Why does Atticus insist that Jem read to Mrs. Dubose? What does Atticus want the children to learn from the experience?

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Atticus may have had a few lessons in mind when he asked Jem to read with Mrs. Dubose. Firstly, it's important to note that Jem was asked to read to Mrs. Dubose when he went to apologize to her for intentionally destroying her beloved flowers (camellias). He was upset with her for insulting Atticus a bit earlier in the story. Mrs. Dubose had shouted to Jem and Scout, "Your father's no better than the niggers and trash he works for!" (ch. 11).

Jem allowed his anger to grow (instead of dealing with his frustration in a healthy manner.) He utterly destroyed Mrs. Dubose's treasured flowers, as Lee states:

"He did not begin to calm down until he had cut the tops of every camellia bush Mrs. Dubose owned, until the ground was littered with green buds and leaves" (ch. 11).

Jem later went to apologize to Mrs. Dubose, after Atticus "strongly advise[d]" him to go and talk with her. He apologized and cleaned up his mess. He explained to Atticus, "I cleaned it up for her and said I was sorry, but I ain't, and that I'd work on 'em ever Saturday and try to make 'em grow back out" (ch. 11).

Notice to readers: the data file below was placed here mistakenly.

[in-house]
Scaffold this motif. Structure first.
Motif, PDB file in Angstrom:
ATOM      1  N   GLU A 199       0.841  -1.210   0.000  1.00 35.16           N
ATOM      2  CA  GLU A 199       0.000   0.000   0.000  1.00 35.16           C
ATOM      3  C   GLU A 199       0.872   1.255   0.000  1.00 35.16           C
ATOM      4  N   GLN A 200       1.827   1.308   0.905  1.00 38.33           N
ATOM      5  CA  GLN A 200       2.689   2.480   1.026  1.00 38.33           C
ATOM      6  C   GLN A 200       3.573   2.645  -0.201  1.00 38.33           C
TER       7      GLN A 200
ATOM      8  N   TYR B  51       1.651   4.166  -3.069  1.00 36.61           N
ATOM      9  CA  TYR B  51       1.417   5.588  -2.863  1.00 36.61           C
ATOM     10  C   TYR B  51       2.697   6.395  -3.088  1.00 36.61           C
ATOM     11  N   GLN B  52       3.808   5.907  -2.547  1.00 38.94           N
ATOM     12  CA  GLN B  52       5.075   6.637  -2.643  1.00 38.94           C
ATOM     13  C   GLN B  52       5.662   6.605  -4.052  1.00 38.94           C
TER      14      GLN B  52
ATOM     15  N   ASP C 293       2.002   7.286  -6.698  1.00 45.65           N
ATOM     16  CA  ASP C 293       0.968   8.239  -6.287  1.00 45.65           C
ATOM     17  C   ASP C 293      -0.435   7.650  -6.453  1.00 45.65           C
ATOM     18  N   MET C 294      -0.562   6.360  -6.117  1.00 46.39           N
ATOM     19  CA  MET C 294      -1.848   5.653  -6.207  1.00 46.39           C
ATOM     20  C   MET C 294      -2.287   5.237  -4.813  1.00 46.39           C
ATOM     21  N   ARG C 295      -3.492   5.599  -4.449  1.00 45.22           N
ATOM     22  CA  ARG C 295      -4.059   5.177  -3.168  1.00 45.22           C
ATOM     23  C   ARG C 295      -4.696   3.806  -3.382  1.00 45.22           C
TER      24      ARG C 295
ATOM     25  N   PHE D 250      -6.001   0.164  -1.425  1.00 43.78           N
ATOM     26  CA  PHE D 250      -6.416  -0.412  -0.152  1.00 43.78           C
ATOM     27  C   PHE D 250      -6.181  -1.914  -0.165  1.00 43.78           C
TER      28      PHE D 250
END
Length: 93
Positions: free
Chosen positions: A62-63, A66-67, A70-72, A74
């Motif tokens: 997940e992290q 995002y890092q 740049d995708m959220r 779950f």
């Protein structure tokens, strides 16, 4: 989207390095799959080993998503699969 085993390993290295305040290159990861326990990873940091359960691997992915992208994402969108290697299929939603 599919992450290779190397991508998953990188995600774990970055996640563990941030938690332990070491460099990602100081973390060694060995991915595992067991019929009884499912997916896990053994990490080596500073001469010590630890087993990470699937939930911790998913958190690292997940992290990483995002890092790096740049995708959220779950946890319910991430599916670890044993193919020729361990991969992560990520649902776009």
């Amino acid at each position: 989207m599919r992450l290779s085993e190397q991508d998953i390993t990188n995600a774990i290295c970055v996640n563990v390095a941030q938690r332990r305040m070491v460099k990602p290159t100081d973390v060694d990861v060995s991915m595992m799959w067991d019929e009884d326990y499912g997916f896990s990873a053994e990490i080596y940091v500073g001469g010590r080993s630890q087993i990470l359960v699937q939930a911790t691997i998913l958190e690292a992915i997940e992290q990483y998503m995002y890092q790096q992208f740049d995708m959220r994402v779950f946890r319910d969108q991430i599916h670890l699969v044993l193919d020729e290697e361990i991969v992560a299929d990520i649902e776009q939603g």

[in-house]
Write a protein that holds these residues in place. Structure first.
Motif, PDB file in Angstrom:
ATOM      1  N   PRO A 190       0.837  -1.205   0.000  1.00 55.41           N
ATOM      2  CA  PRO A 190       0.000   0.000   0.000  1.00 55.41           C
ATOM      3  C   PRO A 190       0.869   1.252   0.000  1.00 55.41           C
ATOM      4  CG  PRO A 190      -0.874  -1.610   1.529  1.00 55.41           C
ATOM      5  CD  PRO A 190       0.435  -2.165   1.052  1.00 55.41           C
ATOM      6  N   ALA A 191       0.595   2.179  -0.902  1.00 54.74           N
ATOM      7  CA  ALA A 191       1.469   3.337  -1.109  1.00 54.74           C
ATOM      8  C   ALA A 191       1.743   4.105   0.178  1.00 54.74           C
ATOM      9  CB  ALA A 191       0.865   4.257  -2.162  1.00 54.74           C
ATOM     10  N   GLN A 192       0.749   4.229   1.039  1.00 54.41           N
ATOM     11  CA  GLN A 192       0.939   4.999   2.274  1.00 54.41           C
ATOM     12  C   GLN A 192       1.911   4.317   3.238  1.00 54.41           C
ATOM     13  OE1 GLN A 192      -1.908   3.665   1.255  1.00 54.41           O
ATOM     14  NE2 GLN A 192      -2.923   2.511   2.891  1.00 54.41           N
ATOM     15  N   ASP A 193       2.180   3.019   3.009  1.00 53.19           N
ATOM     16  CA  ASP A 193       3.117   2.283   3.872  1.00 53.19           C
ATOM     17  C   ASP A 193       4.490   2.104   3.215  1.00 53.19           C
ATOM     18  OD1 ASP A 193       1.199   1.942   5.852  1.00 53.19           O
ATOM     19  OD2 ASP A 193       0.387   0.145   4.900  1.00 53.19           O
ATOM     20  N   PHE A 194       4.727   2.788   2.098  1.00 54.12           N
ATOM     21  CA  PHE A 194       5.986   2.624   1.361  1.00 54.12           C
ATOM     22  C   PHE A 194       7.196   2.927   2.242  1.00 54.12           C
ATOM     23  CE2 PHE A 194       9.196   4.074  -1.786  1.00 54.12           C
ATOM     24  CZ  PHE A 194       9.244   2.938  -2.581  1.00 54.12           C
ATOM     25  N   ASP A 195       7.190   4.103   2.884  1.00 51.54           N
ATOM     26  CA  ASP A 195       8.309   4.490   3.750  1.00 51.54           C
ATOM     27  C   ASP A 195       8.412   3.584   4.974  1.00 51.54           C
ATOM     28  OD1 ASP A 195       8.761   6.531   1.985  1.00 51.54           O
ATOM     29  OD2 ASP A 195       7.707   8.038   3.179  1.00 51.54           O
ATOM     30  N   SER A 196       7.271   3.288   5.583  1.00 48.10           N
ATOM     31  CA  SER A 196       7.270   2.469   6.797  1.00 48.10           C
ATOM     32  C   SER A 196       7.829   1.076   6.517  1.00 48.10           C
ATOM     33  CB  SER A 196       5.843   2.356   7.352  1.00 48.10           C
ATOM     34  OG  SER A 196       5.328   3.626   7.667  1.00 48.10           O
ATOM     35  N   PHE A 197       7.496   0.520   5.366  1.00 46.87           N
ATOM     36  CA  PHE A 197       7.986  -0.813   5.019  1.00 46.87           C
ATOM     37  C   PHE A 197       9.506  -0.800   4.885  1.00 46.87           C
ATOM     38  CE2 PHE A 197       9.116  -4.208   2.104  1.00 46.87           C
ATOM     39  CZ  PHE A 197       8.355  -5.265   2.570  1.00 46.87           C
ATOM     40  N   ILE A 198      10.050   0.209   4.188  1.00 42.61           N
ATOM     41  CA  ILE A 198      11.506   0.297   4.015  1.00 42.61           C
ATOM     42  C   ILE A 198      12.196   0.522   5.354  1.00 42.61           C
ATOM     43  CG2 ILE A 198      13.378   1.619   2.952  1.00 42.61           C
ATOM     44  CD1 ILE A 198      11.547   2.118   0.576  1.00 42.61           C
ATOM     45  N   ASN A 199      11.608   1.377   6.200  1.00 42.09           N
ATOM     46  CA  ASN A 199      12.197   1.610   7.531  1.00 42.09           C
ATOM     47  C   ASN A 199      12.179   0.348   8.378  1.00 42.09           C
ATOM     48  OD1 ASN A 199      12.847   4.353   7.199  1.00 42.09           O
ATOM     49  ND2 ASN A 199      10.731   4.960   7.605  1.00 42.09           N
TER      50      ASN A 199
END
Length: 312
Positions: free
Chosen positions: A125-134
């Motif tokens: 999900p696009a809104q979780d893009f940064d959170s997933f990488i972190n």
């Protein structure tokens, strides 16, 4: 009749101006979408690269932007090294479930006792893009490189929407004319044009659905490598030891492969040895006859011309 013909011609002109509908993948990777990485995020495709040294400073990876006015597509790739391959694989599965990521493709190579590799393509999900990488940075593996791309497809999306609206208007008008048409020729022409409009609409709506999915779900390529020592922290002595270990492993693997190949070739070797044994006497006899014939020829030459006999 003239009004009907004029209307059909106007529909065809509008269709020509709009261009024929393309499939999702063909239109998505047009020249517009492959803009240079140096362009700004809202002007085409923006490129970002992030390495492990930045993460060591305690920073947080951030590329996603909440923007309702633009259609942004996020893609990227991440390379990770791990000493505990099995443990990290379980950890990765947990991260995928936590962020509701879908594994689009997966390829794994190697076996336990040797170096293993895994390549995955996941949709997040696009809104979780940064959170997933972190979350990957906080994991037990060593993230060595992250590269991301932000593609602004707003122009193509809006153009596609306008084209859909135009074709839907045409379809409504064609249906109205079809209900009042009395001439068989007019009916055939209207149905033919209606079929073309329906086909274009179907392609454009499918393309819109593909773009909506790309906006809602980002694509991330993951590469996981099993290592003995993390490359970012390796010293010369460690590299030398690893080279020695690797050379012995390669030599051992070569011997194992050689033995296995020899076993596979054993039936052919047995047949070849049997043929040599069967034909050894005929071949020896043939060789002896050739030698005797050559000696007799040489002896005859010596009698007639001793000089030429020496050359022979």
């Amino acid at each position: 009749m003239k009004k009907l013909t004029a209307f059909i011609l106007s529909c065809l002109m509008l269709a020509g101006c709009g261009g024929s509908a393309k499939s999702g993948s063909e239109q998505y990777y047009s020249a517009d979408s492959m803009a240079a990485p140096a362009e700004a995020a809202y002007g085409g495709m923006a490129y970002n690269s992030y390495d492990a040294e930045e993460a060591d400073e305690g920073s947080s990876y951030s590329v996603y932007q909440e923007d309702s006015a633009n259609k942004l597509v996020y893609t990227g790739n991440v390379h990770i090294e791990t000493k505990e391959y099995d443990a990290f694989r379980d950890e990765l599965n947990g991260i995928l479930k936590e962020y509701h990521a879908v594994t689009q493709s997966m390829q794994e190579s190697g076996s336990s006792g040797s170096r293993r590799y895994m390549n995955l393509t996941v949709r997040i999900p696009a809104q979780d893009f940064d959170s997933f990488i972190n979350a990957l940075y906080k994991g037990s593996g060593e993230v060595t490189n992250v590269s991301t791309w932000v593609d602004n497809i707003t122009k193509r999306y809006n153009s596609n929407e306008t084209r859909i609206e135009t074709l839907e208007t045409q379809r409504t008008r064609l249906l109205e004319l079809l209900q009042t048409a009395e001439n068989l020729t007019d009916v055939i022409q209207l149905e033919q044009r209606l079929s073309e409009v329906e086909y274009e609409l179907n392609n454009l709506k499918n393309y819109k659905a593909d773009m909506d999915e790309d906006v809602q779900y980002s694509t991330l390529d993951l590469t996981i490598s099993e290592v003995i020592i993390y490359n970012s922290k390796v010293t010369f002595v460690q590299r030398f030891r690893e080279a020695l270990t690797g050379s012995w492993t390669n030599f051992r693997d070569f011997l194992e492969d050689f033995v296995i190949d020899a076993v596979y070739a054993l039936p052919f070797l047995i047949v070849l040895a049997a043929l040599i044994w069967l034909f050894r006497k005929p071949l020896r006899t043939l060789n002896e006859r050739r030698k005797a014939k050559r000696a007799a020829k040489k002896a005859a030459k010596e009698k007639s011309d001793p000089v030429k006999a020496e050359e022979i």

She asked him to read to her, as well, when he was talking with her. This time, rather than strongly encouraging Jem, Atticus told him he would read with her:

"'Atticus, do I have to?' 'Certainly.' 'But she wants me to do it for a month.' 'Then you'll do it for a month'" (ch. 11).

I think that Atticus wanted Jem to get to know Mrs. Dubose more and to understand some of the struggles that she endured. Perhaps he wanted Jem to see more of her life so that he could understand why she might be so angry. Though Jem didn't feel sorry when he first apologized, I think that Atticus knew that Jem would grow to feel sorry when he understood more about her. Atticus wanted Jem to see what a strong and brave woman Mrs. Dubose really was. As Atticus explained to Jem at the end of the chapter,

"I wanted you to see something about her -- I wanted you to see what real courage is, instead of getting the idea that courage is a man with a gun in his hand. . . . She was the bravest person I ever knew" (ch. 11).

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Well, he says that he wants them to learn what real courage is, and we can assume that is true. Atticus was a man of his word. However, since it was a difficult experience, and the children had to continue to read and visit despite that, we can assume he was also wanting to teach them to hold to virtue under difficult circumstances. Finally, he might want to teach the effects of addiction (but that's least important here).


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